We’ve all heard of Markus Zusak, right? The Australian author of the runaway best-selling book of 2005, The Book Thief. It’s won numerous awards, been translated into multiple languages and made into a feature film. His new book, The Bridge of Clay, was published in October 2018, amid high anticipation. So the author would be well entitled to consider himself as having ‘made it’ in the world of publishing, surely?
I was listening to a podcast today (Writes4Women) recorded at a fundraiser for the inaugural 2019 StoryFest Festival to be held in Milton, on the beautiful South Coast of NSW. Markus Zusak was the guest speaker at this event and the talk was recorded for the podcast. You can listen to it here:
Some of what Markus Zusak says in this talk came as a bit of a surprise to me. For example, the author says:
I don’t think of writing (for me, anyway) as an art form. I’m a tradesman and I go to work and I just keep chipping away, waiting for the moment to come…but it won’t come unless you’re there, doing the work. The biggest effort can be just getting to the desk, and making that commitment and being prepared to fail. It’s a trade that you’re always working on and trying to get right…I can love the effort even if I don’t always love the result. Markus Zusak
These words are balm to the soul of anyone having more of the “I can’t believe I wrote this mess!” days than the “Wow, look at what I wrote!” ones. Just turn up. Keep plugging away. Commit. Learn to do it better. And then do it all again, on the next draft, and the next…
It doesn’t have to perfect or even very good. Be proud, still, of the effort and the improvements you make.
And actually I think this can apply to any endeavour in life. Art, music, writing, gardening, a profession, a job.
As Markus Zusak says, “Love the effort.”
Back in January I gave an update marking the halfway point of the ‘Write Your Novel’ program I’ve been working through, with the Australian Writers’ Centre.
This week my classmates and I have to submit our full manuscript for workshopping in small groups. So, we each submit our manuscript, and we have a month to read and comment on manuscripts submitted by two to three of our classmates.
A few minutes ago I clicked the ‘Submit’ button. How did it feel?
Scary – no one has as yet read my full draft. Will they like it? Hate it? Feel indifferent?
Exciting – the workshopping and feedback process in this program has been so useful to date. I just know I’ll get back comments that will help me make my story stronger.
There’s also a sense of responsibility to my classmates: to provide honest, worthwhile feedback to assist them in the way I hope to be helped along by them.
The feedback I’ve received on this program has been very worthwhile and certainly helped me to improve my writing.
As our online tutor, Cathie Tasker, has said:
It’s the arrogant authors who don’t make it.
Find the Australian Writers’ Centre programs here:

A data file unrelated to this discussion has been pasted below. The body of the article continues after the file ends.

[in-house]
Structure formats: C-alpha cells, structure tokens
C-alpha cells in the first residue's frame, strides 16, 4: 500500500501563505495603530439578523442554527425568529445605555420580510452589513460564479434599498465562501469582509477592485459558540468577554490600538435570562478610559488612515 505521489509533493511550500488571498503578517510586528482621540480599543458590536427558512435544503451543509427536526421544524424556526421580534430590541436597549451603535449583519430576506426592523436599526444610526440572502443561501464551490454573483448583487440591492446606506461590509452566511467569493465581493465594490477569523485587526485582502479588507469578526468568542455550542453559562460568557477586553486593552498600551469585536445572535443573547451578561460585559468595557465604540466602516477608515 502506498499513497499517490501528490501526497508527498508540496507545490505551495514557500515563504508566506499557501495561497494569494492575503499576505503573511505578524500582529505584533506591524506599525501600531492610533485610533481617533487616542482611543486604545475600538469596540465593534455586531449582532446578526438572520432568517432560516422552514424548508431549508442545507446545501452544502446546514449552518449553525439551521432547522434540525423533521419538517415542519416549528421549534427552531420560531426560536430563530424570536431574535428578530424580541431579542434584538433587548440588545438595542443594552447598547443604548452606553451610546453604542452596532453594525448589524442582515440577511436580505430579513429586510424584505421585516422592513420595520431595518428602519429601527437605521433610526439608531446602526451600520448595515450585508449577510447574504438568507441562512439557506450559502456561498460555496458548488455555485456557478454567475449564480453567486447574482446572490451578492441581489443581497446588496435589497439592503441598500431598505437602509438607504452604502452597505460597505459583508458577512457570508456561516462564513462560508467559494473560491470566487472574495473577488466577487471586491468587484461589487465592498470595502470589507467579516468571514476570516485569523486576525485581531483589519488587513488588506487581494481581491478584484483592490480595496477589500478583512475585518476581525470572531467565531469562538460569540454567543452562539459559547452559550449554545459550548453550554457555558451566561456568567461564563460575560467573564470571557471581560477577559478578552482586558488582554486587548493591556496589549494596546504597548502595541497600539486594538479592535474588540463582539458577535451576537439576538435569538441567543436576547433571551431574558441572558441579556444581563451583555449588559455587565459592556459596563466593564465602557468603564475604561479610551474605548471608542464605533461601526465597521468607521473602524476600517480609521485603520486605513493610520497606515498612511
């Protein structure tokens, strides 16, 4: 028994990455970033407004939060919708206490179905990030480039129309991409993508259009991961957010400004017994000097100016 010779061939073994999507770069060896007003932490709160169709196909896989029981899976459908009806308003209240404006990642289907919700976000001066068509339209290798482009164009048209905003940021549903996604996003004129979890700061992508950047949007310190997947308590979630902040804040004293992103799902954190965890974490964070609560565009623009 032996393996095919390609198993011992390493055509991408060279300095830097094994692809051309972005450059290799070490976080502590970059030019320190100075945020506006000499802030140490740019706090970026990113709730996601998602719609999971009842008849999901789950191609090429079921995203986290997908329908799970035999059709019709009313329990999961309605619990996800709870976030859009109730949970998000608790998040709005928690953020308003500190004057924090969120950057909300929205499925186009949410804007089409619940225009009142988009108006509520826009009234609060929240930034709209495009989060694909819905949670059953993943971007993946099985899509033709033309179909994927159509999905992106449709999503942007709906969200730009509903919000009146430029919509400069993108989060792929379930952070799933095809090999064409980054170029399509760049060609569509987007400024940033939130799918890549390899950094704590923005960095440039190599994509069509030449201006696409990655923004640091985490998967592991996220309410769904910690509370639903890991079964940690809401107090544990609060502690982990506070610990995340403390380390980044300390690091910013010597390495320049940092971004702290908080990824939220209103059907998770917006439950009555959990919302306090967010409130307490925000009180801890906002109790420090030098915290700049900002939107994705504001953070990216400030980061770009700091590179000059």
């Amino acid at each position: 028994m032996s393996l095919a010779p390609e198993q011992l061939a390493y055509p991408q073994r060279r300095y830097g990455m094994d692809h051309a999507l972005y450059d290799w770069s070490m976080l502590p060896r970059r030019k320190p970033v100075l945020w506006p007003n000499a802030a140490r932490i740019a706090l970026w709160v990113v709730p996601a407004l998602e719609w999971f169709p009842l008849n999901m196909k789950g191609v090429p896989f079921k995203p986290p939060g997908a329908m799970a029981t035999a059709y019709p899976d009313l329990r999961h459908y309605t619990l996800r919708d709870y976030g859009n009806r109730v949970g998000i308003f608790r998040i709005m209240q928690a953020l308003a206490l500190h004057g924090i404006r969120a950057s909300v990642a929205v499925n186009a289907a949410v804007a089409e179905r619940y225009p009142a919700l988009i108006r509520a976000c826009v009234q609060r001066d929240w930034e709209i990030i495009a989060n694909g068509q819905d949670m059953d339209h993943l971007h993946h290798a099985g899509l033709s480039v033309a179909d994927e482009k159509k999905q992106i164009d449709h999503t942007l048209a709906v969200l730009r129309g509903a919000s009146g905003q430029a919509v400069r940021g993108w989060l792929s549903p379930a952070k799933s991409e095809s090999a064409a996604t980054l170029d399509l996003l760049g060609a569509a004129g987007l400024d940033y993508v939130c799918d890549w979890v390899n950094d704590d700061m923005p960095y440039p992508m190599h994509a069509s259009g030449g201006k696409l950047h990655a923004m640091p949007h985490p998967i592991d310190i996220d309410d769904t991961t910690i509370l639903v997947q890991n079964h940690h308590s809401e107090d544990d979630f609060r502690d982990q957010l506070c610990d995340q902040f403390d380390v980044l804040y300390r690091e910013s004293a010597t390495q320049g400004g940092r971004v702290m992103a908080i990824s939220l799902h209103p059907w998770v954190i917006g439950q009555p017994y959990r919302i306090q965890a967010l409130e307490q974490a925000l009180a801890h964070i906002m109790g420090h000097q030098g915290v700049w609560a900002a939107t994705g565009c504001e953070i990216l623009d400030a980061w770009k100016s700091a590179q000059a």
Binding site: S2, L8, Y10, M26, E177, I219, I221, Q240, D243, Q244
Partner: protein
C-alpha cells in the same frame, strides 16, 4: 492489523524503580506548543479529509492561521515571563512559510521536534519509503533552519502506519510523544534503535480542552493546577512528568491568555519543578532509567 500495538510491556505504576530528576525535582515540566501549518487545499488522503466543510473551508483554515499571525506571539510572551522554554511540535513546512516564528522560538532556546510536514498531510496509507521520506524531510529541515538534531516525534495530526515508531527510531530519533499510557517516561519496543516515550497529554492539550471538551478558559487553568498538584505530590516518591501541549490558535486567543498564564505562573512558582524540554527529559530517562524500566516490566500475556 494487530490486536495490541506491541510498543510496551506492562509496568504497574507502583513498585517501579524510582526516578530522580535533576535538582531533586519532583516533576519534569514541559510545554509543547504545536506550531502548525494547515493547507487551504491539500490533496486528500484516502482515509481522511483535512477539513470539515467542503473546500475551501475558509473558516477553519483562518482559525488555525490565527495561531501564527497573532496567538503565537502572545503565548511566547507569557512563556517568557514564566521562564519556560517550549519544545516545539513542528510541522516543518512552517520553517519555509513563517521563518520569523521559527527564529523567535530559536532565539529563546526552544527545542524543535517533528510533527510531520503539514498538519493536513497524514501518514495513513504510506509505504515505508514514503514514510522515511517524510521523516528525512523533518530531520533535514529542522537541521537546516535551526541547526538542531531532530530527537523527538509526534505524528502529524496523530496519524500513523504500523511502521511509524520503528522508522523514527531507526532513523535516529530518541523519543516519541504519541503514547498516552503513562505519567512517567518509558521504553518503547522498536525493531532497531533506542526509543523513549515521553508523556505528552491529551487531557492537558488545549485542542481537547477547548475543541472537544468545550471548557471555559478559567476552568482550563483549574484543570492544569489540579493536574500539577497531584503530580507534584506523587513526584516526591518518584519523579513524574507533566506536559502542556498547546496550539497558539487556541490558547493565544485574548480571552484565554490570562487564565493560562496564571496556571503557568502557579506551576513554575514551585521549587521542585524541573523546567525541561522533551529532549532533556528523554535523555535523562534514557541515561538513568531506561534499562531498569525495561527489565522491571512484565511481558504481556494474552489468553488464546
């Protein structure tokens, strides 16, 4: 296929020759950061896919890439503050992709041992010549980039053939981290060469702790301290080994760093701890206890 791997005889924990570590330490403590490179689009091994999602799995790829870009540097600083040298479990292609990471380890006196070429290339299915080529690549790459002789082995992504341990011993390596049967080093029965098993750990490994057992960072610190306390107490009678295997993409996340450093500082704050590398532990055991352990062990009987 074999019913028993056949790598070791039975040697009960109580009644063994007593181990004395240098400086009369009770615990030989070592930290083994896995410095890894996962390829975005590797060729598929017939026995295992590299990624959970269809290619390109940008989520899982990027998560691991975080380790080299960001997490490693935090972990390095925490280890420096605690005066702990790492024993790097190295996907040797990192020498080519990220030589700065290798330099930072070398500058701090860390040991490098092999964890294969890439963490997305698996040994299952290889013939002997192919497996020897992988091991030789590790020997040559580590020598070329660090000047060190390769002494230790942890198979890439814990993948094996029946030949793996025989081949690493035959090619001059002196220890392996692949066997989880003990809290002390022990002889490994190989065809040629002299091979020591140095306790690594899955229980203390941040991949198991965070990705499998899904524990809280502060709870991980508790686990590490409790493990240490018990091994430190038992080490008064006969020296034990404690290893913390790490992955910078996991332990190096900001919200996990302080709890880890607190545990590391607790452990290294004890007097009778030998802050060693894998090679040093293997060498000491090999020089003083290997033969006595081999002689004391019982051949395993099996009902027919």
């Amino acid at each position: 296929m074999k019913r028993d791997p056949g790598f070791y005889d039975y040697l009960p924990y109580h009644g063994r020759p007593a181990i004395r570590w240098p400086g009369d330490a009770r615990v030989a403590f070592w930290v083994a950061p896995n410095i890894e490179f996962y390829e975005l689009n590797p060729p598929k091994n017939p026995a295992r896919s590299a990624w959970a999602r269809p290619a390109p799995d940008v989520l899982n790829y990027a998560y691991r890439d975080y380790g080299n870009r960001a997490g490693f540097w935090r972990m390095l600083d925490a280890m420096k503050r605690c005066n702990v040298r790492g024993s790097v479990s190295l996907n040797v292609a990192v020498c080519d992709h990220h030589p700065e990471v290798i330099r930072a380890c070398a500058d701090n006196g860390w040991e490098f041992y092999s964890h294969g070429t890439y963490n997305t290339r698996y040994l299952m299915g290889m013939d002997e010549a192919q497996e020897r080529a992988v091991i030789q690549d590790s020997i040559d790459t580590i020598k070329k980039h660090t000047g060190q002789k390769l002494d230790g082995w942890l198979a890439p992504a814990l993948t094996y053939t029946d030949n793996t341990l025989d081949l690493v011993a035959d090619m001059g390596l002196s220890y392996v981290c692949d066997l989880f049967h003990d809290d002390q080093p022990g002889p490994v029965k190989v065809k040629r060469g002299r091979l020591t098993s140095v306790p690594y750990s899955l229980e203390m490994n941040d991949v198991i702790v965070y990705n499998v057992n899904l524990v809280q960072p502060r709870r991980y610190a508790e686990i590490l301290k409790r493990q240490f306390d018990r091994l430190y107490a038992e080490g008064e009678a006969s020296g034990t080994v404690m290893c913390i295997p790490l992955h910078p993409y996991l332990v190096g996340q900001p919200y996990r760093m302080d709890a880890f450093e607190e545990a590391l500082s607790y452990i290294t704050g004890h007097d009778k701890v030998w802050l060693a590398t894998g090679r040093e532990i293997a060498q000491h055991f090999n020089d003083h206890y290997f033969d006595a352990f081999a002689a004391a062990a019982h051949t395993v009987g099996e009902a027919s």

You know the story is working when the story is leading you, rather than you leading the story. Arnold Zable, author.
In a previous post I wrote about enjoyment I’ve had with the research process. (It’s on my ‘Books and Projects’ page if you’d like to see it.)
One of the surprising pleasures of writing for me has been the process of discovery. I’ve had a general idea of my characters, major events in their lives, and where they end up (some of these dictated by the historical records, as my major characters are based on real life people from the 1800’s)
Within those broad parameters, it’s been astonishing, and great fun, to sit at my keyboard and have ideas just develop, as if from nowhere. I’ve heard some writers say their characters ‘tell them’ what they’ll do and say. I’m not sure that applies to me, but I have to say there have been times when, after writing for an hour or so, I have to admit ‘I didn’t know that was going to happen!’
As a new writer it’s easy to either get anxious about this, or get carried away by it. Overall I prefer to stick to my general plan, but it’s fun to allow a bit of leeway and explore roads and lane ways that open up unexpectedly. It doesn’t mean that all of these make it past the first draft, of course. But it’s fun, certainly.
I think I ‘m coming to see the writing process as more like consulting a map. I know where I’m starting, and where I want to get to. In between, I can take the most obvious route, but I can also take interesting little detours or twists and see what comes of them. Being open to the possibilities is the thing.
Kind of like life, don’t you think?
ZAHRA by Denise Newton
“Ma’am, would you please step to one side?” The official was polite but firm. There was no option: Zahra obeyed his directive. She adjusted her headscarf with her free hand. It trembled a little. She tried to hide the hand under a fold in her long jacket. Everything about her – her clothes and her spirit -had become a little creased on the flight from Kabul. She was very tired.